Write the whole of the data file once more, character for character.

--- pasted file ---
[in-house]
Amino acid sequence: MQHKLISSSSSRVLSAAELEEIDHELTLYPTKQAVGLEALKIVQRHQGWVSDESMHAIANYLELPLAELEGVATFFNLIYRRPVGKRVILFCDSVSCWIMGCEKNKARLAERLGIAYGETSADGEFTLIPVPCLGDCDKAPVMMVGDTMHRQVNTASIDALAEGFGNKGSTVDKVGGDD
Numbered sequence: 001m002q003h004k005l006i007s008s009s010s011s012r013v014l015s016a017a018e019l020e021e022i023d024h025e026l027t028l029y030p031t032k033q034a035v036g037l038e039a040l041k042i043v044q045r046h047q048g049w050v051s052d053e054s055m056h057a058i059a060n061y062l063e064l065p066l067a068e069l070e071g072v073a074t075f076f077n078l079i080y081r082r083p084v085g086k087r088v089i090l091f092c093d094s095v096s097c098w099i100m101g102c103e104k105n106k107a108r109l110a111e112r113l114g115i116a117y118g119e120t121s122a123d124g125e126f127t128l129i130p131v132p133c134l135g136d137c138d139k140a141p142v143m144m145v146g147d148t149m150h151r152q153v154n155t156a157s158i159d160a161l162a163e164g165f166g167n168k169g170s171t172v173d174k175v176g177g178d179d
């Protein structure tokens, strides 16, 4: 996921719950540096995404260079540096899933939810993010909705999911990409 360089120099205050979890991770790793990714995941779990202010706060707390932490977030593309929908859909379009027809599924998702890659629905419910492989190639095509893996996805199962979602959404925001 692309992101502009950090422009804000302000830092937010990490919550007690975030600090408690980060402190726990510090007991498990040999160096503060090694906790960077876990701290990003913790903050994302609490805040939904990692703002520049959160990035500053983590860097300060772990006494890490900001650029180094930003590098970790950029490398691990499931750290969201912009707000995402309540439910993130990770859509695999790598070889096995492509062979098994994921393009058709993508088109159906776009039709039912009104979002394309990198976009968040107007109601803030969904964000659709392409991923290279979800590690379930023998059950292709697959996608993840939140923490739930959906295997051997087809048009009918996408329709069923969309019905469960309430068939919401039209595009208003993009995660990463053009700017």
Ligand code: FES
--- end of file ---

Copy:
[in-house]
Amino acid sequence: MQHKLISSSSSRVLSAAELEEIDHELTLYPTKQAVGLEALKIVQRHQGWVSDESMHAIANYLELPLAELEGVATFFNLIYRRPVGKRVILFCDSVSCWIMGCEKNKARLAERLGIAYGETSADGEFTLIPVPCLGDCDKAPVMMVGDTMHRQVNTASIDALAEGFGNKGSTVDKVGGDD
Numbered sequence: 001m002q003h004k005l006i007s008s009s010s011s012r013v014l015s016a017a018e019l020e021e022i023d024h025e026l027t028l029y030p031t032k033q034a035v036g037l038e039a040l041k042i043v044q045r046h047q048g049w050v051s052d053e054s055m056h057a058i059a060n061y062l063e064l065p066l067a068e069l070e071g072v073a074t075f076f077n078l079i080y081r082r083p084v085g086k087r088v089i090l091f092c093d094s095v096s097c098w099i100m101g102c103e104k105n106k107a108r109l110a111e112r113l114g115i116a117y118g119e120t121s122a123d124g125e126f127t128l129i130p131v132p133c134l135g136d137c138d139k140a141p142v143m144m145v146g147d148t149m150h151r152q153v154n155t156a157s158i159d160a161l162a163e164g165f166g167n168k169g170s171t172v173d174k175v176g177g178d179d
């Protein structure tokens, strides 16, 4: 996921719950540096995404260079540096899933939810993010909705999911990409 360089120099205050979890991770790793990714995941779990202010706060707390932490977030593309929908859909379009027809599924998702890659629905419910492989190639095509893996996805199962979602959404925001 692309992101502009950090422009804000302000830092937010990490919550007690975030600090408690980060402190726990510090007991498990040999160096503060090694906790960077876990701290990003913790903050994302609490805040939904990692703002520049959160990035500053983590860097300060772990006494890490900001650029180094930003590098970790950029490398691990499931750290969201912009707000995402309540439910993130990770859509695999790598070889096995492509062979098994994921393009058709993508088109159906776009039709039912009104979002394309990198976009968040107007109601803030969904964000659709392409991923290279979800590690379930023998059950292709697959996608993840939140923490739930959906295997051997087809048009009918996408329709069923969309019905469960309430068939919401039209595009208003993009995660990463053009700017």
Ligand code: FES